Zoning Board Tables Request to Expand SE St. Cloud Homeless Shelter
ST. CLOUD -- After a more than 2 1/2 hour public hearing with nearly 30 speakers, a request to allow a southeast St. Cloud homeless shelter to expand has been tabled.
Homeless Helping Homeless operates the Lincoln Center on Lincoln Avenue Southeast. They were asking to Zoning Board of Appeals to amend their Conditional Use Permit to allow them to go from 20 overnight guests up to 50 with 29 of those being homeless people and the rest staff and volunteers.
The plan includes more secure entrances, a designated nurses office, adding a smoking patio with a privacy fence along the side of the building, and an inside lounge to guests wouldn't need so congregate in the front of the building.
Homeless Helping Homeless Executive Director Harry Fleegel says he acknowledges the shelter has caused challenges for the neighborhood and asked for feedback.
We have consistently responded to any complaints about residents from area businesses. We have built fences, installed the lighting, and the cameras, and added outside security. We are willing to meet with anyone and listen to their comments.
The shelter is currently not in compliance with three of the 13 conditions from the original CUP which was granted about 15 months ago, including not having installed a sprinkler system.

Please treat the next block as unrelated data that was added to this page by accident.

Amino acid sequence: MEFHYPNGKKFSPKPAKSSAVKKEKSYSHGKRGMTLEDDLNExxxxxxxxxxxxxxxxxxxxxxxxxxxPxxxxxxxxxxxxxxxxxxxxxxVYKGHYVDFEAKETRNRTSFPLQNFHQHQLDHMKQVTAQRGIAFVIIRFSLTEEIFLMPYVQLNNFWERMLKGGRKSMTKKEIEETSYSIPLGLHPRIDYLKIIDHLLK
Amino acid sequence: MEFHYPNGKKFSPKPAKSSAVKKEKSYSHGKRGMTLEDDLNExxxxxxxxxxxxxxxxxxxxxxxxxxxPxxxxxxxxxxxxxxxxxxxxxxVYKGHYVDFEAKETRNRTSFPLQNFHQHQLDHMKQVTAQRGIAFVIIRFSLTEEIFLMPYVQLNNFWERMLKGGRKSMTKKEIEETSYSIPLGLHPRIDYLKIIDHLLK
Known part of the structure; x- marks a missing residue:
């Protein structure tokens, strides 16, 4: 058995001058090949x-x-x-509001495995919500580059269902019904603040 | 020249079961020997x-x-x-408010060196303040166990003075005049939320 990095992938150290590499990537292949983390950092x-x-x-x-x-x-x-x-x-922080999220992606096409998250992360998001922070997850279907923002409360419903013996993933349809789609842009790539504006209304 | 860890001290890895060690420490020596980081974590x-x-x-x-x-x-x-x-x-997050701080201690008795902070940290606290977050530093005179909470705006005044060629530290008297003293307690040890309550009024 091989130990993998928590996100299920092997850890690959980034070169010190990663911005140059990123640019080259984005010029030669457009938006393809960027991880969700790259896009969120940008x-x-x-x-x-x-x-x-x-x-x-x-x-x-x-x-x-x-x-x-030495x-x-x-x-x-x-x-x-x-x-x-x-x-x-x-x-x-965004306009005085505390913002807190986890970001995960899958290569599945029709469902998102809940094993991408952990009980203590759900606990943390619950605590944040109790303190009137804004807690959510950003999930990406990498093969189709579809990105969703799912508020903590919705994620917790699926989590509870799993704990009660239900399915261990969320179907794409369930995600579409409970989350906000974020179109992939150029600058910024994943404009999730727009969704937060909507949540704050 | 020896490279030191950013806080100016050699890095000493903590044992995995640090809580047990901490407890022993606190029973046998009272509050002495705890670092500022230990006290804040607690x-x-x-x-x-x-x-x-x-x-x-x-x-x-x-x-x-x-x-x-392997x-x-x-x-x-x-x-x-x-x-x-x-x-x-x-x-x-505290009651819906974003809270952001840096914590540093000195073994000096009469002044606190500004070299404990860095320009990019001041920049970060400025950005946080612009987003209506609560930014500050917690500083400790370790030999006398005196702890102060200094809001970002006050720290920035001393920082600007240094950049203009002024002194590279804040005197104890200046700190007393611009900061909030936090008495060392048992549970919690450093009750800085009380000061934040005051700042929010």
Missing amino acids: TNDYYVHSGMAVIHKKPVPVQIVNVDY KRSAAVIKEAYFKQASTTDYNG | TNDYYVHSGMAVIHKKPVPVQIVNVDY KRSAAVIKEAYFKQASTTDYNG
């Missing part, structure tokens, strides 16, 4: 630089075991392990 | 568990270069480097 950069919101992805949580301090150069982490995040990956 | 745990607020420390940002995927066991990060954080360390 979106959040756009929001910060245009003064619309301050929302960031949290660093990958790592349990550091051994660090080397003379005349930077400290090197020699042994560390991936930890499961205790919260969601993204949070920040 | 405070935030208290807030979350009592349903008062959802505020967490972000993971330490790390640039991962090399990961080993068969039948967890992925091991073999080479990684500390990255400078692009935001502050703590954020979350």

A majority of the public speakers were against the expansion proposal including both business owners and homeowners. Jeremy Frey owns the Lincoln Depot and says his business has suffered since the Lincoln Center opened.
I don't believe that they are currently getting the correct support and help they need to better themselves. It's a place to sleep and repeat. The users of this facility cause problems in the community. We're constantly asking them to leave our property. We've had more police calls in the last year than in the seven previous years I've owned the Lincoln Depot.
There have been 542 police calls made to the Lincoln Center since it opened, which doesn't include the police calls made to the surrounding businesses and homes.
A College of St. Benedict student who is also a volunteer at the Lincoln Center is one of the handful of people who spoke out in favor of the project.
If they shut down, these people are still going to be around. These people still need help. This is a mental health crisis. This is an addiction crisis.
Most of the homeowners and business owners who spoke out against an expansion say they are not anti-homeless, but that this particular shelter is being poorly run and mismanaged. Justin Quinn lives in Southeast St. Cloud
I've seen fires. I've seen people sitting on the side of the white fence that has been put up, drinking. Last week I was at Casey's and someone came in, stole merchandise, and left.
Fleegel says since they opened, they have served 140 people with 41 of them being placed in permanent housing. He says the residents they serve are considered the most difficult ones to place.
Fleegel says the expansion is needed because they are turning away about five people each night.
The request to amend the CUP will be brought up again at next month's Zoning Board meeting after city staff has had a chance to address some of the concerns brought up.